Launched by President Xi Jinping at the United Nations General Assembly in September 2021, the GDI aims to put “development high on the global macro policy agenda”. Its main constituency is the Global South that involves mostly developing and less developed countries. Thus far, the GDI remains largely a declaration of intent and principles and its funding scale is rather modest.  However, the GDI has been well received among developing countries, including in Southeast Asia. .

The GDI priority areas are: (i) poverty alleviation, (ii) food security, (iii) Covid-19 and vaccines, (iv) financing for development, (v) climate change and green development, (vi) industrialization, (vii) digital economy, and (viii) connectivity.

The GDI seeks to bolster China’s role as a global development actor and a “responsible major developing country”. It “frames China’s existing and new development cooperation efforts, repackaging, harmonizing and synergizing them for both China’s own internal coordination and articulation to the world”. Projects officially designated under the GDI are funded through the China International Development Cooperation Agency (CIDCA) or Chinese contributions to international initiatives/programs.

Although China’s official statements and bureaucratic arrangements mainly cast the GDI through the lens of development cooperation, the GDI should be assessed in the broader context of China’s economic statecraft towards developing countries. China’s development cooperation, and includes investments, diplomacy and other modalities, such as those implemented through the Belt and Road Initiative.” As such, the GDI is seen as a parallel and complementary track to the BRI. Both initiatives seek to align China’s financial, technological and human resources (supply-driven) with the economic and development needs of recipient countries (demand-driven). The BRI exports China’s infrastructure-building capacity surplus to fill infrastructure deficits in other developing countries. In the same vein, the GDI is propelled by the need to synergize China’s global engagement with its domestic economic agenda which increasingly shifts towards sustainable, inclusive and innovation-driven growth under Xi’s ‘common prosperity’ brand.

The GDI is development-oriented and relies on smaller-sized projects in such areas as public health, poverty reduction, green and low-carbon economy, digital industry and innovation.

Southeast Asian countries have unanimously expressed their support for the GDI. The leaders of Cambodia, Indonesia, Malaysia and Thailand attended the High-level Dialogue on Global Development hosted by Xi in June 2022. All ten ASEAN countries have joined the Group of Friends of the GDI at the UN.

At the ASEAN level, the ASEAN-China foreign ministers meeting in August 2022 “welcomed the Global Development Initiative (GDI)… and encouraged participation in the GDI priority areas”. This was followed by the adoption of the ASEAN-China Joint Statement on Strengthening Common and Sustainable Development at the 25th ASEAN-China summit in November 2022, which affirmed both sides’ “commitment to development” and “priority to development undertakings”.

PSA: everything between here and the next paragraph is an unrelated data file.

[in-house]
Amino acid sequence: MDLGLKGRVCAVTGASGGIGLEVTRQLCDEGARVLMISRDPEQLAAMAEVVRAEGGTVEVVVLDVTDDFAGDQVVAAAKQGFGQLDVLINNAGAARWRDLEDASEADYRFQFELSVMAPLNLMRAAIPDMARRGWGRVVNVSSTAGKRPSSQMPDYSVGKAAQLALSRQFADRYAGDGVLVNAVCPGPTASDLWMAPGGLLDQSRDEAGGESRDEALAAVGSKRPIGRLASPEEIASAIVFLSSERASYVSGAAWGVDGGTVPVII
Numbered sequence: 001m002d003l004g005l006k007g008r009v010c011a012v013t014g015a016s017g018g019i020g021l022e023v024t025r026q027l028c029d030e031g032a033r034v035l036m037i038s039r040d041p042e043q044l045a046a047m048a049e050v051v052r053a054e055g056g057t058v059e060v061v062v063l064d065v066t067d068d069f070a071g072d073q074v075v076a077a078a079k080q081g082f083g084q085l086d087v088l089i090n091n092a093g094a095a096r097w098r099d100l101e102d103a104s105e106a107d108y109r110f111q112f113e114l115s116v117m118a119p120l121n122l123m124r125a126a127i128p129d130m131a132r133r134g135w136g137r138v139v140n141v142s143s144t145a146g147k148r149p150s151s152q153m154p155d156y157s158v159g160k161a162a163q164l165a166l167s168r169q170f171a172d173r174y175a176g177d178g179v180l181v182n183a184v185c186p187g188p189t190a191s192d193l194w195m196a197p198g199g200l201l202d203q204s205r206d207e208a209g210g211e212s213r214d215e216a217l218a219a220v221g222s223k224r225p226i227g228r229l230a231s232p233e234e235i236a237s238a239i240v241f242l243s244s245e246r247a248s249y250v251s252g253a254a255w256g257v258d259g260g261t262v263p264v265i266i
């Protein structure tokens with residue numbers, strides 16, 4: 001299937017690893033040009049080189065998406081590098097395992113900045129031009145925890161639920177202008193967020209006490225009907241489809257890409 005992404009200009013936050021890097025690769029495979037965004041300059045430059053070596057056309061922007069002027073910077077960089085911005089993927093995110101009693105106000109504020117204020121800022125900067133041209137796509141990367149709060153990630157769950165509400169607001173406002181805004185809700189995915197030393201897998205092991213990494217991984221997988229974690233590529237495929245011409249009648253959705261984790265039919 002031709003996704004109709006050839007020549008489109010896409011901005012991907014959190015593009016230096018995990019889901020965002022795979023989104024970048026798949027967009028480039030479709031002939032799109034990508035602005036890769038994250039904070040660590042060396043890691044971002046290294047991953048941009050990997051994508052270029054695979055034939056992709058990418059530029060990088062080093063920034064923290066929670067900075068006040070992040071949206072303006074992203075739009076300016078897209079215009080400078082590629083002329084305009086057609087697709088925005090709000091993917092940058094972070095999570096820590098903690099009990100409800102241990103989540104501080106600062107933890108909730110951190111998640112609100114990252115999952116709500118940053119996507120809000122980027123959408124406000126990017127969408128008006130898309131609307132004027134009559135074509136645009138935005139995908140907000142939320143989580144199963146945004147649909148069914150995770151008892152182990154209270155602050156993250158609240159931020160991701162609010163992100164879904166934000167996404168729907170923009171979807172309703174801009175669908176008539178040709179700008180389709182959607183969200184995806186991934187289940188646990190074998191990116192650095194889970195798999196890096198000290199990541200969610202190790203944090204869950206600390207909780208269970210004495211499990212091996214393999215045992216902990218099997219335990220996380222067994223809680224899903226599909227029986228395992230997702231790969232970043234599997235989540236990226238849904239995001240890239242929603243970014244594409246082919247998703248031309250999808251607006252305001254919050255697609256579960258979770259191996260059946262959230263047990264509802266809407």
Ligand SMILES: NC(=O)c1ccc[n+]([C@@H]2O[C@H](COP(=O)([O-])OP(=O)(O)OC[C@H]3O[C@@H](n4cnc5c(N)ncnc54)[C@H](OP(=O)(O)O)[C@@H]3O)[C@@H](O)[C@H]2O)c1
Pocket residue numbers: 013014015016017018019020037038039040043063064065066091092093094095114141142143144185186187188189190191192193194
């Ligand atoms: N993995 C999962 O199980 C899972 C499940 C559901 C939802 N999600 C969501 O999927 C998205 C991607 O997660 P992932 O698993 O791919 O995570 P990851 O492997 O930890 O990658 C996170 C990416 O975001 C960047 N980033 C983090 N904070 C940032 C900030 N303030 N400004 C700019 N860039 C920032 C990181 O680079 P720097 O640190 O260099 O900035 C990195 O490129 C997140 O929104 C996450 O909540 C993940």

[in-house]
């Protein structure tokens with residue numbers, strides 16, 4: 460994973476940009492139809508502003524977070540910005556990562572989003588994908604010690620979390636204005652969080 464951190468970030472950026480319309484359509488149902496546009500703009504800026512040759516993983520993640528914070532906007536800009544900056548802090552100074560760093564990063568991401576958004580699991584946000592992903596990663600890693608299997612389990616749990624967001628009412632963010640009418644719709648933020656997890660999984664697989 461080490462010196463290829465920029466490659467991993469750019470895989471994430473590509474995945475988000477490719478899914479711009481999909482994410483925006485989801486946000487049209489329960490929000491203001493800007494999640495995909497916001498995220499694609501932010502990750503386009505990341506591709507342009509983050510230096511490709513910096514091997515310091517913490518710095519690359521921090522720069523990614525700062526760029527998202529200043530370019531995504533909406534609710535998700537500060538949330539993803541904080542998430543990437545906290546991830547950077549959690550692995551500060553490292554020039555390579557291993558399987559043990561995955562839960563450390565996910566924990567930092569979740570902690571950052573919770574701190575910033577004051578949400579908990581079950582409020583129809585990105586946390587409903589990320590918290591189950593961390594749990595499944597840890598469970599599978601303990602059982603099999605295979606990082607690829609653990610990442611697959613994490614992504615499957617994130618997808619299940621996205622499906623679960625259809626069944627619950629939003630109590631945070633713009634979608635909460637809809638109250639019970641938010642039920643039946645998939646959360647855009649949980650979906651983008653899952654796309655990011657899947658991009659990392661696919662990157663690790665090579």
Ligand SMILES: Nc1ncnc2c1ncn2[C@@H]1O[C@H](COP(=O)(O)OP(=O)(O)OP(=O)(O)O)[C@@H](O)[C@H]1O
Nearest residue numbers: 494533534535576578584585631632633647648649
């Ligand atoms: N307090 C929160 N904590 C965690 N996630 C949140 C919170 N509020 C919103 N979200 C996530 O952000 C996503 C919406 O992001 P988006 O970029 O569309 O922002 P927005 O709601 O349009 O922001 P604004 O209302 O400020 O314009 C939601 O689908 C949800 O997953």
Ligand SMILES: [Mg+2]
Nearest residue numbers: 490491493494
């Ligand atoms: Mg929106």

China has established the Center for International Knowledge on Development (CIKD) which actively promotes the GDI and concurrently serves as the Secretariat of the China-ASEAN Knowledge Network for Development launched in May 2022.

The GDI is not only an instrument of Chinese economic statecraft but also a normative vessel to promote China’s state-centric approach to development to serve its domestic political and geopolitical agenda. At the heart of this approach is the belief that ‘development’ – understood by China as economic progress in material terms – is “the master key to solving all problems”, from poverty to conflict and turmoil, in line with the Chinese traditional philosophy that “the essence of governance is livelihood; and the essence of livelihood is adequacy.” The GDI’s normative significance therefore lies in its intent and effect to “reframe narratives around governance and human rights” to counter the Western discourse that places emphasis on civil-political and individual rights.

The GDI also serves as a diplomatic and discursive tool to discredit what China views as the US and its allies/partners’ security-centric approach in their Indo-Pacific strategies. It pitches China-led win-win economic cooperation versus US-led zero-sum alliance-building.


Since ‘development’ is an encompassing and positive-sounding concept, the GDI has become China’s new rallying cry to deepen its comprehensive ties with Southeast Asian countries and ASEAN as a whole, from education to health, green transition to digital transformation, social security to economic integration. Southeast Asian countries support the GDI as they expect material benefits out of it as well as normative alignment around the ‘right to development’. However, it is premature to infer that they consent to China’s “hegemonic bargain”, i.e. enjoyment of China’s economic rewards in exchange for acceptance of China’s hegemony. China’s expectation is that confluence of economic interests would trump disagreements on security issues. Judging by the enduring distrust towards China among Southeast Asian foreign policy elites, their doubts about China’s Global Security Initiative, and their abiding interest in deepening ties with other major powers, China has a long way to go to convince Southeast Asians that looking towards Beijing is their best hope. 



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